Sunday, July 13, 2014

July 13, 2014

Rev. John Watts

Nampa First UMC

DON’T JUST STAND THERE

Joshua 3:7-17

 

We’re having an extended Fourth of July celebration here at church this month.  On all four Sundays in July we are talking about our country and what makes it unique.  I think we would all agree that we are blessed to be Americans.   We are blessed to be free.  That was our theme last Sunday.  And today we talk about something Americans value greatly.  In the immortal words of Larry the Cable Guy, our national slogan might well be “git-r-done”.  We are people of action.  We don’t just stand there.  We do something.

A friend told me about a professor of economics from back east.  He was a brilliant man who understood economic theory and could explain it as well as anyone.  He took a sabbatical from his teaching responsibilities.  Usually that would mean he was going to write a book.  But no, in this case, he wanted to take time to start a business.  A hot dog stand.  He had never experienced first-hand how a business really works.  Not just in theory, but in practice.  He figured he’d be a better professor with that experience under his belt.

It’s good to be smart.  But Americans admire brainpower only so far.  We are suspicious of “pointy-headed intellectuals”.  We are impressed with “go-getters”.  We admire those who do things and build things and get things done.

Our first president is a good example.  George Washington was a man of action.  Long before he became our president, he was fighting the British.  He had met them head on in what is now Brooklyn, New York.  That was a mistake.  He was greatly outnumbered.  He had to retreat or the war might have ended right then and there.  They didn’t have much time.  They were camped in Pennsylvania.  Soon the  British would find them.  It was winter.  They were cold.  They were starving.  Their situation was desperate.  That’s when General Washington did something nobody could have expected.  He crossed the Delaware River.  He had to break through ice to get across.  It was Christmas Day.  The British were totally surprised.  Historians look upon that victory as the turning point of the war.  That we have a United States of America at all is due to George Washington who didn’t just stand there.  He did something.

Our scripture today tells of the crossing of another river.  The Jordan River.  The Israelites had already crossed a much bigger body of water, the Red Sea.  But that was 40 years earlier.  Ever since they had been wandering in the wilderness, taking way longer than should have been necessary to get to the Promised Land.  Now they are there.  The Promised Land is on the other side of the Jordan River.  All they have to do is get across.

Crossing the Jordan has come to be something of a symbol that can apply to a lot of things in life.  We all experience crossover moments.  Sometimes we call them moments of truth.  We’re leaving something behind.  We’re moving into something new.  It’s always scary.  And it’s always a defining moment in your life.  Defined by the fact, let’s hope, that you didn’t just stand there.  You stepped forward.

I was inspired by a man who stepped forward at James Gamblin’s memorial service to tell us of a time when he was in the principal’s office.  Mr. Gamblin was his principal.  He was having serious problems with one particular teacher.  Mr. Gamblin told him he had two choices.  He could run away.  That is, he could be assigned a new teacher.  Or he could deal with his problems with this teacher and figure out a way to get through it.  Either way, he could very well be setting himself up for the way he would deal with difficult situations for the rest of his life.  He said he chose to stay in that class.  And Mr. Gamblin was right.  That simple choice back then helped make him the man he is today.  It helped him become a man who faces problems and doesn’t run from them.  That was a crossover moment for him.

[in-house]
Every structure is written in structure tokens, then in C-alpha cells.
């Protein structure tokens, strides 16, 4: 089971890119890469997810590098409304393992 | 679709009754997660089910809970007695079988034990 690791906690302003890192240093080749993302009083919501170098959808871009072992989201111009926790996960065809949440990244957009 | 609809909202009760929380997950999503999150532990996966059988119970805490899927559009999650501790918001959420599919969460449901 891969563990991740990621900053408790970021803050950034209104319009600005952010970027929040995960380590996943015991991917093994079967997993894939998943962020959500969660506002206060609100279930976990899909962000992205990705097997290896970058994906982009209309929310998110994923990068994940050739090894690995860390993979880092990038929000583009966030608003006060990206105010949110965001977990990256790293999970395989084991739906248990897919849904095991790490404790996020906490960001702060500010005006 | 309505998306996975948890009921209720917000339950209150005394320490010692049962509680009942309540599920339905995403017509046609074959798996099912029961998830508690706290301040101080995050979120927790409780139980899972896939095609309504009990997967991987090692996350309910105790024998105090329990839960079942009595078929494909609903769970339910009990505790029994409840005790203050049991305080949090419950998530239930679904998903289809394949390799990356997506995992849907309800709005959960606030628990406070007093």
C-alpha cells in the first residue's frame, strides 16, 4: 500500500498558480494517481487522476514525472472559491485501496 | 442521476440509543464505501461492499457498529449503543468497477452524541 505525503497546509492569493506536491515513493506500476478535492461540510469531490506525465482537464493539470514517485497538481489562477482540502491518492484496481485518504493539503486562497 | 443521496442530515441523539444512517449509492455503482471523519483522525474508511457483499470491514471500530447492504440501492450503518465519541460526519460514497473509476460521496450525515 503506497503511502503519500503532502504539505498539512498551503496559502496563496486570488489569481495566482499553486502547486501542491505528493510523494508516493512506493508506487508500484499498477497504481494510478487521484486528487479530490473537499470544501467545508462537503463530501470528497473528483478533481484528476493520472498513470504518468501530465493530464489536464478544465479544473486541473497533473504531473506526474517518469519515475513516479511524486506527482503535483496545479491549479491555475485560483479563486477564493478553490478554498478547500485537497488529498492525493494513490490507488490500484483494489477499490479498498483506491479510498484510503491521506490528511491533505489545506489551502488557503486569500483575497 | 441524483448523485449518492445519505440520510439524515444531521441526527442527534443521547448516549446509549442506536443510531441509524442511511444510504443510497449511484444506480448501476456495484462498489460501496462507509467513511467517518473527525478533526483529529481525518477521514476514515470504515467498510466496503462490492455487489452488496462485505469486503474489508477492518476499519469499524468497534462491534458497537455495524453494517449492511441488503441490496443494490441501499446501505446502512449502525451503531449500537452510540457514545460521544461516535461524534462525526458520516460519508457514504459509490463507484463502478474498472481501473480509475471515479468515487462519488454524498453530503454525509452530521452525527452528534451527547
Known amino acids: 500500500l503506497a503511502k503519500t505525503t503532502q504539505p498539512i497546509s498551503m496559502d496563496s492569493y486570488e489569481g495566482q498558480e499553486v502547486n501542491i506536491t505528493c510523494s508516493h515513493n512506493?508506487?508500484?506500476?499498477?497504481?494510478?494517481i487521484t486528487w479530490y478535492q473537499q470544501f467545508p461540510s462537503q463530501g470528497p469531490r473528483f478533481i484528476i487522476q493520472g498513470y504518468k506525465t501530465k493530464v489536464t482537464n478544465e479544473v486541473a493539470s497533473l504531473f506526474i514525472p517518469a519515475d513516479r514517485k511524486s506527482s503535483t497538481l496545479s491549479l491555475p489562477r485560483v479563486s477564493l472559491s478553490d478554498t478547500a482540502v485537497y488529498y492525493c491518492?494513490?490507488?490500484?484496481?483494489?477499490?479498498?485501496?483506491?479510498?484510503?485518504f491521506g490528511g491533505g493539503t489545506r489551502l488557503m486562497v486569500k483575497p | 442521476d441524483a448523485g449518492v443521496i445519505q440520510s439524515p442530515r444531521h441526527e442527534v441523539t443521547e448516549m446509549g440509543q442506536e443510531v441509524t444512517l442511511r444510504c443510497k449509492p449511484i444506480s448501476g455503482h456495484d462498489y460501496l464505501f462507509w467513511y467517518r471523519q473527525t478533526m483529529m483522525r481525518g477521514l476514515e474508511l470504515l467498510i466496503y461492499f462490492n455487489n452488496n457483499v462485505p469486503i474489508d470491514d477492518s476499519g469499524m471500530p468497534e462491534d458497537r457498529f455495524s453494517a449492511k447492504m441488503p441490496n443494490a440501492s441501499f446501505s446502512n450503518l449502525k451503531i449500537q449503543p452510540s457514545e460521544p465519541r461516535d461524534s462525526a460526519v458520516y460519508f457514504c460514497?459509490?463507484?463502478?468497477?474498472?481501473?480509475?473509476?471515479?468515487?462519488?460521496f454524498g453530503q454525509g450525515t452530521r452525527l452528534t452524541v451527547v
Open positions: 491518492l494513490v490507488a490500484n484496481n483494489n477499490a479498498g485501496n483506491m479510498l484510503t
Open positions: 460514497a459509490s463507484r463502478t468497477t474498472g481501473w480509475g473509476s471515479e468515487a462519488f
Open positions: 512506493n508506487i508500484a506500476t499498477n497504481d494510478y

It’s a good exercise to list the crossover moments in your life.  Some are obvious.  Birth.  The transition from childhood to adulthood.  Graduation.  A career choice.  Marriage.  The birth of children.  Sometimes the transition from childhood to adulthood doesn’t happen until then!  There are the crossover moments we wish we could avoid but often we can’t.  A lost job.  A financial reversal.  A failed marriage.  A health crisis.  A legal problem.  A child whose problems become your problems.  A death.  And there are many other crossover moments that are unique to each of us as individuals.  It was scary, but it shaped the person you are today.  It was hard, but it was worth it.

Or maybe it was scary and it was hard and so you didn’t cross over.  You chickened out.  You didn’t just do something.  You stood there.

The hard part about crossing over is that we get really attached to where we are.  It may be a barren wilderness, but at least it’s your barren wilderness!  You’re used to it.  It’s a hard life in the wilderness, but you know what to expect.  You have no idea what to expect on the other side of the Jordan River.  I think that’s one reason it took them 40 years.  They were scared.  And so they were reluctant to go where God had told them to go.  Often we are, too.  We shy away from growing and becoming and claiming new territory.  That raging Jordan River is just too formidable a barrier.

Here is the funny irony.  Any of you who have been to the Holy Land know what I’m about to say.  The Jordan is not a raging river at all.  It’s not a Snake River.  It’s not a PayetteRiver.  It’s not even a BoiseRiver.  You could wade across easily.  In some places you could jump from rock to rock and not even get your feet wet.  And there’s a lesson here.  When we come to our crossover moments, we tend to make the barrier holding us back bigger and scarier than it really is.

Of all our presidents, one who was the quintessential man of action, even more so than George Washington, was Teddy Roosevelt.  He spent a lot of time in the North Dakota badlands as a young man.  It was his way of toughening himself up.  Here’s what he said about the things that were big and scary to him back then:

There were all kinds of things I was afraid of at first, ranging from grizzly bears to “mean” horses and gun-fighters; but by acting as if I was not afraid I gradually ceased to be afraid.